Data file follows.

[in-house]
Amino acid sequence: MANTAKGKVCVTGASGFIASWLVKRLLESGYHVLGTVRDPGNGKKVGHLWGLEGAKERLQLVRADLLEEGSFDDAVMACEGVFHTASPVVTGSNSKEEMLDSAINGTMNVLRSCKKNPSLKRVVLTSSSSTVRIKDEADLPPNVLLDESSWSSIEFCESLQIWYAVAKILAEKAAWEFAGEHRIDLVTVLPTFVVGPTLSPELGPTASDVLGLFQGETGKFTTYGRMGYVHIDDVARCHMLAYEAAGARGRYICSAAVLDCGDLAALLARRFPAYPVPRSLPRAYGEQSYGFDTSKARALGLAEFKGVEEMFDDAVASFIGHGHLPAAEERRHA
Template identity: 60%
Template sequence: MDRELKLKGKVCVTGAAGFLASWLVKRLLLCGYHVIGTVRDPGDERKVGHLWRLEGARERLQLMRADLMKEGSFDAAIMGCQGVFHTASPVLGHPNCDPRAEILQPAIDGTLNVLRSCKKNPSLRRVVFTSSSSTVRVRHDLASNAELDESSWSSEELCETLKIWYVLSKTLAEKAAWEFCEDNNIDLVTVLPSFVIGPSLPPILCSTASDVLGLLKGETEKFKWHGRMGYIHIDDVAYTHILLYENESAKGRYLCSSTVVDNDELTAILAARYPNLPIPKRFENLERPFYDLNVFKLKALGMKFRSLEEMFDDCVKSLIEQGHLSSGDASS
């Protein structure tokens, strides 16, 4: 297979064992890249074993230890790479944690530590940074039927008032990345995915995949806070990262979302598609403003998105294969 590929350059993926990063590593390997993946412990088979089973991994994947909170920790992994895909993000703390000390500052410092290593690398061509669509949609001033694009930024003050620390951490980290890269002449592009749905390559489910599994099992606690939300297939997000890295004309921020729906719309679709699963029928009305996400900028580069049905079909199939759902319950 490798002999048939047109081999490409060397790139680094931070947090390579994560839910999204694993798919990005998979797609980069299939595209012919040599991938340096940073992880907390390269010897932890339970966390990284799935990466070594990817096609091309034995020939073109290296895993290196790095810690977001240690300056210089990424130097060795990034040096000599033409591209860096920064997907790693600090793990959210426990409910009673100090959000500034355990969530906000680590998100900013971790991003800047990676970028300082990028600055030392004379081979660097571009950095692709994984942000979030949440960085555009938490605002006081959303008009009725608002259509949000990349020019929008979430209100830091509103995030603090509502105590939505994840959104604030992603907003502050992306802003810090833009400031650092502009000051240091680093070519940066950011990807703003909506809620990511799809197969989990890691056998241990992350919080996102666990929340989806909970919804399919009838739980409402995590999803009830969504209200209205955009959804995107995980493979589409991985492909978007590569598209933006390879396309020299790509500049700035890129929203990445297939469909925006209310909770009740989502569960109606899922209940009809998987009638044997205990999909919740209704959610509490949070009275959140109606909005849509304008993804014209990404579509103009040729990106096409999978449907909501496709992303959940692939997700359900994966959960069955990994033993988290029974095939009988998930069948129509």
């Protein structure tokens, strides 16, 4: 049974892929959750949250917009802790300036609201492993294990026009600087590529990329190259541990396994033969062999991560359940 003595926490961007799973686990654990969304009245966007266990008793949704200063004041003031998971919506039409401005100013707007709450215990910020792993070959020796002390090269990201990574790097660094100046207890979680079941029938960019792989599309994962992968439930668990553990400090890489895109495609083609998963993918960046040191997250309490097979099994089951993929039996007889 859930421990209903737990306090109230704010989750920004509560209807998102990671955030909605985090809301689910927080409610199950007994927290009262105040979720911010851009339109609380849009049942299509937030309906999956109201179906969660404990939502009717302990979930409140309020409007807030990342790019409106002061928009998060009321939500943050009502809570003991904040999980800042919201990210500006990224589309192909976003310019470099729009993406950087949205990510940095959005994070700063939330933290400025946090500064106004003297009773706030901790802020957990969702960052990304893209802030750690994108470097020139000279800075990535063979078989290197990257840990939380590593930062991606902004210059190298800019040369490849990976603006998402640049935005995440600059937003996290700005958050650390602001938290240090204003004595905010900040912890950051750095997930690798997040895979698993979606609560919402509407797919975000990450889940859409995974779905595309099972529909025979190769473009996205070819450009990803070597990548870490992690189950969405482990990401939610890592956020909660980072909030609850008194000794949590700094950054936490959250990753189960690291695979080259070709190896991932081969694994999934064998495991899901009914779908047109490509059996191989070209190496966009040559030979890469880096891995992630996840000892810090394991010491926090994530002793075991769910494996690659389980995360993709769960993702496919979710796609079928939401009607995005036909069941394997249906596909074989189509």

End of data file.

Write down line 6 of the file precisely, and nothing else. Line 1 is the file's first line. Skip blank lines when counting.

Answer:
């Protein structure tokens, strides 16, 4: 049974892929959750949250917009802790300036609201492993294990026009600087590529990329190259541990396994033969062999991560359940 003595926490961007799973686990654990969304009245966007266990008793949704200063004041003031998971919506039409401005100013707007709450215990910020792993070959020796002390090269990201990574790097660094100046207890979680079941029938960019792989599309994962992968439930668990553990400090890489895109495609083609998963993918960046040191997250309490097979099994089951993929039996007889 859930421990209903737990306090109230704010989750920004509560209807998102990671955030909605985090809301689910927080409610199950007994927290009262105040979720911010851009339109609380849009049942299509937030309906999956109201179906969660404990939502009717302990979930409140309020409007807030990342790019409106002061928009998060009321939500943050009502809570003991904040999980800042919201990210500006990224589309192909976003310019470099729009993406950087949205990510940095959005994070700063939330933290400025946090500064106004003297009773706030901790802020957990969702960052990304893209802030750690994108470097020139000279800075990535063979078989290197990257840990939380590593930062991606902004210059190298800019040369490849990976603006998402640049935005995440600059937003996290700005958050650390602001938290240090204003004595905010900040912890950051750095997930690798997040895979698993979606609560919402509407797919975000990450889940859409995974779905595309099972529909025979190769473009996205070819450009990803070597990548870490992690189950969405482990990401939610890592956020909660980072909030609850008194000794949590700094950054936490959250990753189960690291695979080259070709190896991932081969694994999934064998495991899901009914779908047109490509059996191989070209190496966009040559030979890469880096891995992630996840000892810090394991010491926090994530002793075991769910494996690659389980995360993709769960993702496919979710796609079928939401009607995005036909069941394997249906596909074989189509």